IG: DHS CIO needs more pull
- By Diane Frank
- Aug 05, 2004
"Improvements Needed to DHS' Information Technology Management Structure"
The Homeland Security Department's chief information officer needs more authority over the department's information technology functions and more pull with the secretary, according to an inspector general report.
Under the act that created the department and the position, the CIO is responsible for departmentwide IT planning, budgeting and operations. However, the decentralized way that technology policy and operations have been set up within DHS makes it difficult for the CIO to maintain control over all the IT functions that are necessary to create a common technology infrastructure, according to the July report.
"Despite federal laws and guidance on establishing effective IT organizations, the DHS CIO is not well positioned to meet the department's IT challenges," the report states. "With limited resources to carry out his responsibilities, the CIO lacks the authority and the relationships with DHS' executive, line and IT managers across department components to guide them in applying technology to accomplish the department's missions."
The position of the CIO's Office — currently within the Office of the Undersecretary for Management instead of the Office of the Secretary — was the primary source of dissent among the inspector general and DHS officials. In a written response to the report, deputy secretary James Loy said that department executives feel the current structure does not hinder the CIO.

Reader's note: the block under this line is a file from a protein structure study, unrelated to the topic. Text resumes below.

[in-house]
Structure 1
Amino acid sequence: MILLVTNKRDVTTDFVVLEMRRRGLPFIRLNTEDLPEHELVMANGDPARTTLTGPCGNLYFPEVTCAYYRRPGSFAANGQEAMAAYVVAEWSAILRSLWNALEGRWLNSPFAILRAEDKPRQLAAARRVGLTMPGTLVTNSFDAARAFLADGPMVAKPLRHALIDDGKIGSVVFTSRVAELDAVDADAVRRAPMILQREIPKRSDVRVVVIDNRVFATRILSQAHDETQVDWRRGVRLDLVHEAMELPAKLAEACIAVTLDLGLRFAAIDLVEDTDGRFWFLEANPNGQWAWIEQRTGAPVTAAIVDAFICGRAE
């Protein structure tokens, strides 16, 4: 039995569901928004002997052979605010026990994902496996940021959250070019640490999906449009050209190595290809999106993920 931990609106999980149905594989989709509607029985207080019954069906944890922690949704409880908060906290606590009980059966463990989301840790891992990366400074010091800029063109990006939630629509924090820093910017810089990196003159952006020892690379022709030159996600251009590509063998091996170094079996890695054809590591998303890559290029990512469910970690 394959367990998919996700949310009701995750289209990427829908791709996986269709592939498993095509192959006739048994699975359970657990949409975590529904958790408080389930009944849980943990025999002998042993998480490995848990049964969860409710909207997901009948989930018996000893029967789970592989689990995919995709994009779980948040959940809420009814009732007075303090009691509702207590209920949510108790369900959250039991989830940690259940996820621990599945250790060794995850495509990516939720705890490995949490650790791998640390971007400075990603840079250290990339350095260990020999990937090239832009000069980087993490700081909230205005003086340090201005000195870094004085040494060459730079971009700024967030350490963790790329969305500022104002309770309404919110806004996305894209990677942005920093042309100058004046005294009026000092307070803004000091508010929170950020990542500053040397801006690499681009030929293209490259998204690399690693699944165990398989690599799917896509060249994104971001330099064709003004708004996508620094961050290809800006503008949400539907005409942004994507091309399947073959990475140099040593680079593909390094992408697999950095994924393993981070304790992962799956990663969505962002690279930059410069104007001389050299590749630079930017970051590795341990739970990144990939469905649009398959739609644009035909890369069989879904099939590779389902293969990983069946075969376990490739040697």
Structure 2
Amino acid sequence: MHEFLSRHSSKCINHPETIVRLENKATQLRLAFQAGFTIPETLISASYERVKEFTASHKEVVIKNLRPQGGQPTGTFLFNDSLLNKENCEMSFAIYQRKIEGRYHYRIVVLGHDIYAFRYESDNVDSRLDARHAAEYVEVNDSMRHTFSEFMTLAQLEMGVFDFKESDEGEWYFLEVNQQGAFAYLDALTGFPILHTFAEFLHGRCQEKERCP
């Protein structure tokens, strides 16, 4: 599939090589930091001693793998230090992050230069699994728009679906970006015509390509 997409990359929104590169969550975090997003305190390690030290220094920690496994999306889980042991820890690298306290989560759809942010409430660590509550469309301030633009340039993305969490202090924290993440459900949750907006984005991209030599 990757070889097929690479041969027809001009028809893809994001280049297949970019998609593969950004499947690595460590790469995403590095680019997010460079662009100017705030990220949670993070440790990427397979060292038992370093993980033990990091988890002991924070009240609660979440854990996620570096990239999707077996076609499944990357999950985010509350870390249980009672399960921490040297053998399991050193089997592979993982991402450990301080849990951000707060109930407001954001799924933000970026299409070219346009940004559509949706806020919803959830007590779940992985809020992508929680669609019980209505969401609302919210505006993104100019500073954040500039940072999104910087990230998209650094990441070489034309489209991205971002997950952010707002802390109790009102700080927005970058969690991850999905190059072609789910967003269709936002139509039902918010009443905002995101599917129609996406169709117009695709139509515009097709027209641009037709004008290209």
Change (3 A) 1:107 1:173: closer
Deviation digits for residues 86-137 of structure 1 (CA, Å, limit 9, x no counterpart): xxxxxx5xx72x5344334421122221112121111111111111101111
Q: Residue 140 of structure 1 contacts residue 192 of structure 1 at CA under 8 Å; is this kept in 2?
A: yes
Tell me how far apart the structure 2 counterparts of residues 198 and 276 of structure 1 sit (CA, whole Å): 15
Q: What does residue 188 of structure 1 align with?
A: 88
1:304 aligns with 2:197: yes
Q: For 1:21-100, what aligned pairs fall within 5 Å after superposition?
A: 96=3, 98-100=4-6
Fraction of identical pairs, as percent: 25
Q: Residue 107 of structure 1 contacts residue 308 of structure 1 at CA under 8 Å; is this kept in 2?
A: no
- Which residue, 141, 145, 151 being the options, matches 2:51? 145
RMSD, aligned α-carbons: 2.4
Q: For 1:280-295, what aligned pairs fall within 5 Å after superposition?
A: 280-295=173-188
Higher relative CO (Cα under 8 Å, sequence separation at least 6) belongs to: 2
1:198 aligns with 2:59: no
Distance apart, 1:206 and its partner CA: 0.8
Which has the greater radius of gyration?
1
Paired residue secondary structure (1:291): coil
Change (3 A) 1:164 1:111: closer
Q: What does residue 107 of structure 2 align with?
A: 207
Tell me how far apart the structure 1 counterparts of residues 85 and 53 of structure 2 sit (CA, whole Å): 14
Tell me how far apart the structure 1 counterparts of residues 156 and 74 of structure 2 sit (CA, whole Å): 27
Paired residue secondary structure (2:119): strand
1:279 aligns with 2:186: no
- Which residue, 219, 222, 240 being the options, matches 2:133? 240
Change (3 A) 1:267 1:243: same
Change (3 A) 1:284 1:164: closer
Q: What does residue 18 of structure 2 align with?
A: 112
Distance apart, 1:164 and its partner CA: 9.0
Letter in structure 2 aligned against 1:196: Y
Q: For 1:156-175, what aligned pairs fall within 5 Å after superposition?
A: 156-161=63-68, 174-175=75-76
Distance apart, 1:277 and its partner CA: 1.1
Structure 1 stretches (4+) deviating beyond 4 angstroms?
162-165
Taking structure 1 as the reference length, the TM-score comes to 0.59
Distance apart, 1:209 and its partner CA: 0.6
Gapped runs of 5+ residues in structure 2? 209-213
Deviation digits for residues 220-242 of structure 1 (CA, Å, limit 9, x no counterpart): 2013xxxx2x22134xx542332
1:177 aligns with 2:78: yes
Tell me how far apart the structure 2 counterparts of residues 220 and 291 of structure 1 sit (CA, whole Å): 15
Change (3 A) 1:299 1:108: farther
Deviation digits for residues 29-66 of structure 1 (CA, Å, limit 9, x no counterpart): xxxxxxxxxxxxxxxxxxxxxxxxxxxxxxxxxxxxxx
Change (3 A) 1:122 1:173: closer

However, that structure puts the CIO below undersecretaries and component directors, which means the position "lacks the power and influence to advise senior executives on how best to implement and manage IT across the department," the report states.
The lack of authority and resources includes a shortfall in staff, despite the employment of detailees and contractors. The inspector general found that as of May, only 49 of 65 authorized positions had been filled, and officials also expressed concern that the total authorized number was also far too low to support a department with more than 180,000 employees.
The department as a whole has a large IT staff, but most of those workers are within the individual DHS components and not managed by the CIO. Therefore, the CIO's Office is focused on daily crises rather than "critical IT management responsibilities," such as developing and implementing departmentwide policies and systems for human resources management and information security, according to the report.
Loy agreed that DHS' CIO should manage all the components' IT functions, and said in his response to the report that officials would look at staffing levels.